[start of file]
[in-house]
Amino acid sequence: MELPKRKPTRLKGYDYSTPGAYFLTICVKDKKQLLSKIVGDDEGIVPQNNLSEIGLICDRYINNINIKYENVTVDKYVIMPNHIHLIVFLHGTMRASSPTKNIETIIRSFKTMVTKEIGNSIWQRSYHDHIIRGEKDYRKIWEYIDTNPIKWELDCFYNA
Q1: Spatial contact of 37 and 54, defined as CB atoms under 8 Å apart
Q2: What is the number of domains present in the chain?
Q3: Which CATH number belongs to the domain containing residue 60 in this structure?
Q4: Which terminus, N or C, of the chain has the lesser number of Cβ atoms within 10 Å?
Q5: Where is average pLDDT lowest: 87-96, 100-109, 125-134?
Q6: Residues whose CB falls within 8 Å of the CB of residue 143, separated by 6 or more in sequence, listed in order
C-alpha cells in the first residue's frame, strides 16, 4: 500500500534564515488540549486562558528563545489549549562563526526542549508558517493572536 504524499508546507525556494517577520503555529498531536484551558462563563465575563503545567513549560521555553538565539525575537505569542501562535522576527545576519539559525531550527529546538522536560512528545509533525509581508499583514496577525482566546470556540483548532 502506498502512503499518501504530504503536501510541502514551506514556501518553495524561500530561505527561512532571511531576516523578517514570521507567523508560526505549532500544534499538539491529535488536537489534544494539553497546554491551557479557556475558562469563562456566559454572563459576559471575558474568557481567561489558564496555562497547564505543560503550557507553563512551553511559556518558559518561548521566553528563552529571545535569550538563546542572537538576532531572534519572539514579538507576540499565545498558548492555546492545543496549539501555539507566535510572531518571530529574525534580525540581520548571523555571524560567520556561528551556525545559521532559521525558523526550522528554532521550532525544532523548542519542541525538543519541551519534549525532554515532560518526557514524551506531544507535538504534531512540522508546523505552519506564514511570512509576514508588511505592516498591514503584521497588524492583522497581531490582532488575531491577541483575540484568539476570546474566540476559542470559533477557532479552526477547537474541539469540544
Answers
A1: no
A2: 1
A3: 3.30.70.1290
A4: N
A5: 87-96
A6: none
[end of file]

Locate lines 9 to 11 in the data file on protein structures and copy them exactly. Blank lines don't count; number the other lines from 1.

C-alpha cells in the first residue's frame, strides 16, 4: 500500500534564515488540549486562558528563545489549549562563526526542549508558517493572536 504524499508546507525556494517577520503555529498531536484551558462563563465575563503545567513549560521555553538565539525575537505569542501562535522576527545576519539559525531550527529546538522536560512528545509533525509581508499583514496577525482566546470556540483548532 502506498502512503499518501504530504503536501510541502514551506514556501518553495524561500530561505527561512532571511531576516523578517514570521507567523508560526505549532500544534499538539491529535488536537489534544494539553497546554491551557479557556475558562469563562456566559454572563459576559471575558474568557481567561489558564496555562497547564505543560503550557507553563512551553511559556518558559518561548521566553528563552529571545535569550538563546542572537538576532531572534519572539514579538507576540499565545498558548492555546492545543496549539501555539507566535510572531518571530529574525534580525540581520548571523555571524560567520556561528551556525545559521532559521525558523526550522528554532521550532525544532523548542519542541525538543519541551519534549525532554515532560518526557514524551506531544507535538504534531512540522508546523505552519506564514511570512509576514508588511505592516498591514503584521497588524492583522497581531490582532488575531491577541483575540484568539476570546474566540476559542470559533477557532479552526477547537474541539469540544
Answers
A1: no